We’re living in a time when marketing is really interesting as new digital channel such as Social Media emerged as one of the key marketing channels.
It allows marketers to better promote their brands and reach their audience. That said, it is imperative to measure advocacy as companies build rapport with their consumers.
As we know, the benefit of increasing advocates for your brand, product, or service is great because the return is high. The cost of building such program could be high, but companies could definitely benefit from it in a long term.
From web analytics perspective, I’d like to share some ideas on how we can leverage the common analytics tools we have to try and measure the advocacy programs.
Important points to think about when measuring advocacy program.
- Do you have a measuring point on the website where people indicate that they are advocating for your company?
- Do you have an analytics tool that measures the first point, and does that tool have a way to track the traffic coming back due to that share or advocate?
- In most cases, web analytics tool may not identify the person, but you may have a CRM database with information pertaining to an individual; so do you have that and can it be enhanced to capture extra attributes or flag the individual that he/she is an advocate
- Are web analytics and the CRM database integrated? It’ll be important to know if your marketing acquisition converted prospects into a customer, but we need to know if that customer from that marketing acquisition channel has driven and turned that customer into an advocate.
If we think about measuring advocacy, it is pretty much impossible to capture every element of the advocates and what they advocated.
So we really need to think about what is measurable based on what you have on hand in terms of analytics.
Good examples we can use from standard analytics application are:
- Clicks on share buttons including, but not limited to Facebook like/share, twitter, Reddit, delicious, stumble upon, etc. These aren’t really a true advocate metrics, but it captures the intent of people attempting to advocate about the content
- If you’ve implemented third party share solutions like addthis.com, it has features to track click backs from that one share from users.
- Social Media analytics. Tools like Sysomos and many other tools allow tracking mentions across different social network sites ranging from Twitter, Youtube, Facebook, Blogs, Forums, etc. Tracking amount of mentions, the amount of lift in mentions or retweets are a great way to see how much your advocacy programs are contributing to such lifts.
- Do you have CRM database that holds information about your users? Perhaps linking that profile data with web analytics data allows you to track that core advocate who registered for email, responded to an email, clicks on Facebook like, and added a nice comment on your site (or tweeted). These types of information allow to extend your advocacy program to re-marketing efforts and better communicate with your end users.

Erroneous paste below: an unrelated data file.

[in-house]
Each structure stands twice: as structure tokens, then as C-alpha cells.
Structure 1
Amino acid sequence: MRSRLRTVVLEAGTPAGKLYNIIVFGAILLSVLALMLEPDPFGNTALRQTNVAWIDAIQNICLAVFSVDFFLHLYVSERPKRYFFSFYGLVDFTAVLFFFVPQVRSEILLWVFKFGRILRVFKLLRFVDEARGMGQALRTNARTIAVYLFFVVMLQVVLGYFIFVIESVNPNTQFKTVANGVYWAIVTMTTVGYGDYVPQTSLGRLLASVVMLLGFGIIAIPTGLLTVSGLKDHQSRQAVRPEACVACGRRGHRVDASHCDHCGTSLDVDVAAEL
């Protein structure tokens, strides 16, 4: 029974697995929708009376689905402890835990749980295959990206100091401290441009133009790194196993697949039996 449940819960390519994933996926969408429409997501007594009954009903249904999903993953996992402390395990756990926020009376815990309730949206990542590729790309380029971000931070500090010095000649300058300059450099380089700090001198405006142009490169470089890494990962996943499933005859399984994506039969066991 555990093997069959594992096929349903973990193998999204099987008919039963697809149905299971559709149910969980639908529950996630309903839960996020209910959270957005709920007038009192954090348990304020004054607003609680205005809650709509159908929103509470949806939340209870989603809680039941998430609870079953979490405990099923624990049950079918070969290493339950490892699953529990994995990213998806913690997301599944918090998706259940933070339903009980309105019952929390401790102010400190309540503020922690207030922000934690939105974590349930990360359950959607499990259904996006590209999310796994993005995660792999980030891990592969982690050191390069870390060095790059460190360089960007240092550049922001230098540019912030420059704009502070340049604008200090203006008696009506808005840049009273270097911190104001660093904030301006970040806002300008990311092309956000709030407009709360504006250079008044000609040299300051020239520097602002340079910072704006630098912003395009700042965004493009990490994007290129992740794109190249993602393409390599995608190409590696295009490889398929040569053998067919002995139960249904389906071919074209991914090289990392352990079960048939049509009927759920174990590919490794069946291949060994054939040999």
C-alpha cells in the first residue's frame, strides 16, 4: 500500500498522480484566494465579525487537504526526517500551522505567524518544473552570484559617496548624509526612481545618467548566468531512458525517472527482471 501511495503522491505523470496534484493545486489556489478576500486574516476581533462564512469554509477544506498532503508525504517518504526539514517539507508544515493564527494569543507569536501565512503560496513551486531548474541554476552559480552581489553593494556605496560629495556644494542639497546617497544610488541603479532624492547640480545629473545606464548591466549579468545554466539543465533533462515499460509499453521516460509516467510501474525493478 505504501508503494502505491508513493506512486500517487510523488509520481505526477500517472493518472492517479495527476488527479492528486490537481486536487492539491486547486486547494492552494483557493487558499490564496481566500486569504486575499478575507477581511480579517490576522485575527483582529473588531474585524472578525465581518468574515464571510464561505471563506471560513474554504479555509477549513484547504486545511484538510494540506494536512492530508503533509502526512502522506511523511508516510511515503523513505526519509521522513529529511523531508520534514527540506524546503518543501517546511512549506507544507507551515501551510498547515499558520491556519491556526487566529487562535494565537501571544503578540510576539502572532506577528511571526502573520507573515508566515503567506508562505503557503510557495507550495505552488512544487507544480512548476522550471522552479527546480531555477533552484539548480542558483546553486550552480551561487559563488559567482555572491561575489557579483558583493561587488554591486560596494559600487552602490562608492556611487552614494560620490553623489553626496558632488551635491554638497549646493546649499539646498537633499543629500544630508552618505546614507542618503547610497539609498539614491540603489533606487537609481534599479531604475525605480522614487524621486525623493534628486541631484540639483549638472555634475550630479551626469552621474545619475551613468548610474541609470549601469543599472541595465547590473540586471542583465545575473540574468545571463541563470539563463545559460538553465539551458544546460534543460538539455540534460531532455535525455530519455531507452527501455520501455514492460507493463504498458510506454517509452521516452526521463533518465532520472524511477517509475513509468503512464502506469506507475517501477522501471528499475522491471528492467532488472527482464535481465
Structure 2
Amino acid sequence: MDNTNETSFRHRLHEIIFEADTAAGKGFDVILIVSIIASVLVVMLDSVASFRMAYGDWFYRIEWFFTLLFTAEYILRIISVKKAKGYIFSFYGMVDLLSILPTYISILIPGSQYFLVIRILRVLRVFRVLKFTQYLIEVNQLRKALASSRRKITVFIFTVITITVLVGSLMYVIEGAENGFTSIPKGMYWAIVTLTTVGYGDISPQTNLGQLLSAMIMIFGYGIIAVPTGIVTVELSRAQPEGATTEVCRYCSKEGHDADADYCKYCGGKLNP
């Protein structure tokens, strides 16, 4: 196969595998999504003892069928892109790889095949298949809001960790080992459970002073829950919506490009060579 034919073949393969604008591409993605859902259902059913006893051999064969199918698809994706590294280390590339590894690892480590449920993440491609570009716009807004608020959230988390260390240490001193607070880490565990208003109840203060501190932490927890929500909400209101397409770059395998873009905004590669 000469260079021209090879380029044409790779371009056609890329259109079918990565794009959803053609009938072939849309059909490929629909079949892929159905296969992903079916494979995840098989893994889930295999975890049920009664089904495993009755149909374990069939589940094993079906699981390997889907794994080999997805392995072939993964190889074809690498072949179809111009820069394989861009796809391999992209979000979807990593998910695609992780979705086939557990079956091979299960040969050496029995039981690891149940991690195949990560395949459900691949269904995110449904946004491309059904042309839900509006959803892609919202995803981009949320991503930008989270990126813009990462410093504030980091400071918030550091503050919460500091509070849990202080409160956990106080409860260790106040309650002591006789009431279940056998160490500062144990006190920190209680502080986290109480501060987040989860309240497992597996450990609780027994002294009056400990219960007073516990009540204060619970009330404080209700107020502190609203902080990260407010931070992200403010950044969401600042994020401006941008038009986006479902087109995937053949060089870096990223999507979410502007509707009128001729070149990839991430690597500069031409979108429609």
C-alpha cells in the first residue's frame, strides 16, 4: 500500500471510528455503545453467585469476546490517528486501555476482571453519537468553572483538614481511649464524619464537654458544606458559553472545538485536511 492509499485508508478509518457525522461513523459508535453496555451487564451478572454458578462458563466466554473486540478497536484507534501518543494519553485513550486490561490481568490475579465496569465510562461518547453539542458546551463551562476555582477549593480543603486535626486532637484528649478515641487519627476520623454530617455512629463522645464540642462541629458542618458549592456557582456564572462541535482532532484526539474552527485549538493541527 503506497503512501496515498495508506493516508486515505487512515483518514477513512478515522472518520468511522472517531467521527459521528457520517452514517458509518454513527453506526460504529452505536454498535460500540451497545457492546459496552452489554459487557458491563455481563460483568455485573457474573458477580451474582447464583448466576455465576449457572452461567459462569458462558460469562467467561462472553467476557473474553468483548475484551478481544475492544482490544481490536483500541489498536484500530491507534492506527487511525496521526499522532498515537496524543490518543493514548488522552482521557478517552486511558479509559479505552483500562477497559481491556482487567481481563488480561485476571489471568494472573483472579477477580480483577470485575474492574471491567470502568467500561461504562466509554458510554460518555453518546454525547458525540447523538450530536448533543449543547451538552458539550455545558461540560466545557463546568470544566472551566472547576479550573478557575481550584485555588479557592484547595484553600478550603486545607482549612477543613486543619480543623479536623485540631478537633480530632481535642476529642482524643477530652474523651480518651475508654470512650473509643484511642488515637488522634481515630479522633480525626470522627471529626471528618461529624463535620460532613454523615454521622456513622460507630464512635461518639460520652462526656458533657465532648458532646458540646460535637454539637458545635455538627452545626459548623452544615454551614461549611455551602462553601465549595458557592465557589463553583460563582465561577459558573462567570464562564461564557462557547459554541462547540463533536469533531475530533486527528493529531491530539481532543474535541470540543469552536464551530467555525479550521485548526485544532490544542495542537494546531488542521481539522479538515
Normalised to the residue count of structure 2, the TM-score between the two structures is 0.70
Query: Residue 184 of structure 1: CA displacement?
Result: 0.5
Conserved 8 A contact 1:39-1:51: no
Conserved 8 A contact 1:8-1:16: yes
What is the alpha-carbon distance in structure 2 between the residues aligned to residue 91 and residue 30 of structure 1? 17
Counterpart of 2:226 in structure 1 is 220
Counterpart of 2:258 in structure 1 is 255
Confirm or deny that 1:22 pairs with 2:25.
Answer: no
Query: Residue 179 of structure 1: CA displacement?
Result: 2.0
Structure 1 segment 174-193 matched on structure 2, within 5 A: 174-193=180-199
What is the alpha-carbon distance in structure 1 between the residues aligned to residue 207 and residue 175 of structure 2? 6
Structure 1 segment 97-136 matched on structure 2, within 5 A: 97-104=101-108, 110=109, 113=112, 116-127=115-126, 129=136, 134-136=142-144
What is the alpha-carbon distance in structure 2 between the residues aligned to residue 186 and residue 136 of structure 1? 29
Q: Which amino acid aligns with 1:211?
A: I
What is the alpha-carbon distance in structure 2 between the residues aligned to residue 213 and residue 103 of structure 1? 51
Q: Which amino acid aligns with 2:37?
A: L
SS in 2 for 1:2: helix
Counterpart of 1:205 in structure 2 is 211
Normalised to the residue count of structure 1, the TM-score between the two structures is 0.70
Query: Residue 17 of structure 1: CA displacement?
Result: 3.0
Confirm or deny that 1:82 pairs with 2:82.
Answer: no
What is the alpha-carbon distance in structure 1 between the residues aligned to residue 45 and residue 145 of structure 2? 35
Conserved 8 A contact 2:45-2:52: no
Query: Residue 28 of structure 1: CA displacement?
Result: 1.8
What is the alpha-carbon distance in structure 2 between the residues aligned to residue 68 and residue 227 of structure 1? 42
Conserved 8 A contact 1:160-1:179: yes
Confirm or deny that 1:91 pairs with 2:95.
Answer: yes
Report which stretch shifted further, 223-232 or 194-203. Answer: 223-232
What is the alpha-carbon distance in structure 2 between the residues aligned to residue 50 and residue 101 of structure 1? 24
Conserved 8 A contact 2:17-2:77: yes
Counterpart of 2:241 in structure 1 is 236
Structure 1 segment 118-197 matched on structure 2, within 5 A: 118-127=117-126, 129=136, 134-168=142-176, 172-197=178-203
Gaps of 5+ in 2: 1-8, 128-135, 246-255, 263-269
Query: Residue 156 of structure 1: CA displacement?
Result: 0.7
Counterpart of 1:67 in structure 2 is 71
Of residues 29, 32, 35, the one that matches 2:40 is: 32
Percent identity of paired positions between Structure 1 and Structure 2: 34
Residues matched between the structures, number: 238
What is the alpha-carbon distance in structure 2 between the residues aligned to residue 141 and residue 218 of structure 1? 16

- There are tools that track Social Media mentions and its sentiments, to understand rather people are talking positively/negatively about your company. At the end of the day, it’ll be nice to know that people aren’t advocating bad things about your service/product/company.
The business impact will need to be measured as well.
The first thing that comes to mind is a cost per acquisition of “advocates” if you were able to identify the number of advocates your program generated.
Was the cost below the plan?
If not, then let’s try looking at a conversion rate of advocates vs. non-advocates. Was there any difference?
If so, by how much did that difference translate into business value (or sales amount)?
Another thing to think about is advocates advocating about your company. If you were able to track the incremental lift in mentions/advocates attributed to the marketing program, then how much did that free advocacy or extra marketing awareness supported cost reduction or generate value?
I say that because advocacy program has high return because you’re getting free marketing from those advocates so that extra mentions you’re getting could be translated to extra “impressions” or “clicks”.
So if you apply your average cost per click or CPM to the impressions, perhaps you’ll be able to derive the value generated from the advocacy.
At the end of the day, all of these little bits of pieces of data will give some insights to your effort’s bottom line and understand what metrics moved the needle the most.
Some relating articles for ideas…
Matrix: Breakdown of Advocacy Marketing
An In-Depth Look at the 5% of Most Active Users
Turning Brand Advocates Into Believers
Idea Spark: Social Marketing Use Case #6—Measuring Buzz and Sentiment